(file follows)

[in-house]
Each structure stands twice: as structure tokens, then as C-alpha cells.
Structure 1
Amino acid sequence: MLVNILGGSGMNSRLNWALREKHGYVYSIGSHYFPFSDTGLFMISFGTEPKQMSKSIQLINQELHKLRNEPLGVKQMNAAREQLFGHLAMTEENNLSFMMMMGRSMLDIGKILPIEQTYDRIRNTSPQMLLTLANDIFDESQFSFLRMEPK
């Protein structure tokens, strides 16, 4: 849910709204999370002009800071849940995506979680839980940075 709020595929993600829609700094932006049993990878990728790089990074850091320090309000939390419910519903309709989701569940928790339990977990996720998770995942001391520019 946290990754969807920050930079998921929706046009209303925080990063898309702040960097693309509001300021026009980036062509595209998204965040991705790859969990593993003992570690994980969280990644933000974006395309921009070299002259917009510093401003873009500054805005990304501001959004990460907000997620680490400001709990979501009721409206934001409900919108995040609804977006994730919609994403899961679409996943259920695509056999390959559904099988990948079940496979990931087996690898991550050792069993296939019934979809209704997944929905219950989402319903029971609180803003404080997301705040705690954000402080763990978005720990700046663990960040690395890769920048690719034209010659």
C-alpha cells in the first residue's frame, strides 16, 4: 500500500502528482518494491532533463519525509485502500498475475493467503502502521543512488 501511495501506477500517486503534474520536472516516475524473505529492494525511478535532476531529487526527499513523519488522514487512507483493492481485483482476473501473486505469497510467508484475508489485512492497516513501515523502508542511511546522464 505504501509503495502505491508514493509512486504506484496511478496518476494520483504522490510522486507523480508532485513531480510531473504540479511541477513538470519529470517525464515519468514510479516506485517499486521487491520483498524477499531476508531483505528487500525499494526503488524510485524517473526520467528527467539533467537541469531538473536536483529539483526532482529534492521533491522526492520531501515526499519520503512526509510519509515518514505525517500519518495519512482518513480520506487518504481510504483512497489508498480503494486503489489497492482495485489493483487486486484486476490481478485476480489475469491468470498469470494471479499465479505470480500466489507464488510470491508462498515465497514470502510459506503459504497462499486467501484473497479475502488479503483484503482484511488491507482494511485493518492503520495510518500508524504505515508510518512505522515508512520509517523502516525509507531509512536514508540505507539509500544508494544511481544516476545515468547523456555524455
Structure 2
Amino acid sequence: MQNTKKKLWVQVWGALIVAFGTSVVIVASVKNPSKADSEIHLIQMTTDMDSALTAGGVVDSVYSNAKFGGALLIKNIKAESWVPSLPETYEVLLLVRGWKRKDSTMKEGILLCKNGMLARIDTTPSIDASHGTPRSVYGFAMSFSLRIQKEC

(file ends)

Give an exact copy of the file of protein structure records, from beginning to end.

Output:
[in-house]
Each structure stands twice: as structure tokens, then as C-alpha cells.
Structure 1
Amino acid sequence: MLVNILGGSGMNSRLNWALREKHGYVYSIGSHYFPFSDTGLFMISFGTEPKQMSKSIQLINQELHKLRNEPLGVKQMNAAREQLFGHLAMTEENNLSFMMMMGRSMLDIGKILPIEQTYDRIRNTSPQMLLTLANDIFDESQFSFLRMEPK
């Protein structure tokens, strides 16, 4: 849910709204999370002009800071849940995506979680839980940075 709020595929993600829609700094932006049993990878990728790089990074850091320090309000939390419910519903309709989701569940928790339990977990996720998770995942001391520019 946290990754969807920050930079998921929706046009209303925080990063898309702040960097693309509001300021026009980036062509595209998204965040991705790859969990593993003992570690994980969280990644933000974006395309921009070299002259917009510093401003873009500054805005990304501001959004990460907000997620680490400001709990979501009721409206934001409900919108995040609804977006994730919609994403899961679409996943259920695509056999390959559904099988990948079940496979990931087996690898991550050792069993296939019934979809209704997944929905219950989402319903029971609180803003404080997301705040705690954000402080763990978005720990700046663990960040690395890769920048690719034209010659």
C-alpha cells in the first residue's frame, strides 16, 4: 500500500502528482518494491532533463519525509485502500498475475493467503502502521543512488 501511495501506477500517486503534474520536472516516475524473505529492494525511478535532476531529487526527499513523519488522514487512507483493492481485483482476473501473486505469497510467508484475508489485512492497516513501515523502508542511511546522464 505504501509503495502505491508514493509512486504506484496511478496518476494520483504522490510522486507523480508532485513531480510531473504540479511541477513538470519529470517525464515519468514510479516506485517499486521487491520483498524477499531476508531483505528487500525499494526503488524510485524517473526520467528527467539533467537541469531538473536536483529539483526532482529534492521533491522526492520531501515526499519520503512526509510519509515518514505525517500519518495519512482518513480520506487518504481510504483512497489508498480503494486503489489497492482495485489493483487486486484486476490481478485476480489475469491468470498469470494471479499465479505470480500466489507464488510470491508462498515465497514470502510459506503459504497462499486467501484473497479475502488479503483484503482484511488491507482494511485493518492503520495510518500508524504505515508510518512505522515508512520509517523502516525509507531509512536514508540505507539509500544508494544511481544516476545515468547523456555524455
Structure 2
Amino acid sequence: MQNTKKKLWVQVWGALIVAFGTSVVIVASVKNPSKADSEIHLIQMTTDMDSALTAGGVVDSVYSNAKFGGALLIKNIKAESWVPSLPETYEVLLLVRGWKRKDSTMKEGILLCKNGMLARIDTTPSIDASHGTPRSVYGFAMSFSLRIQKEC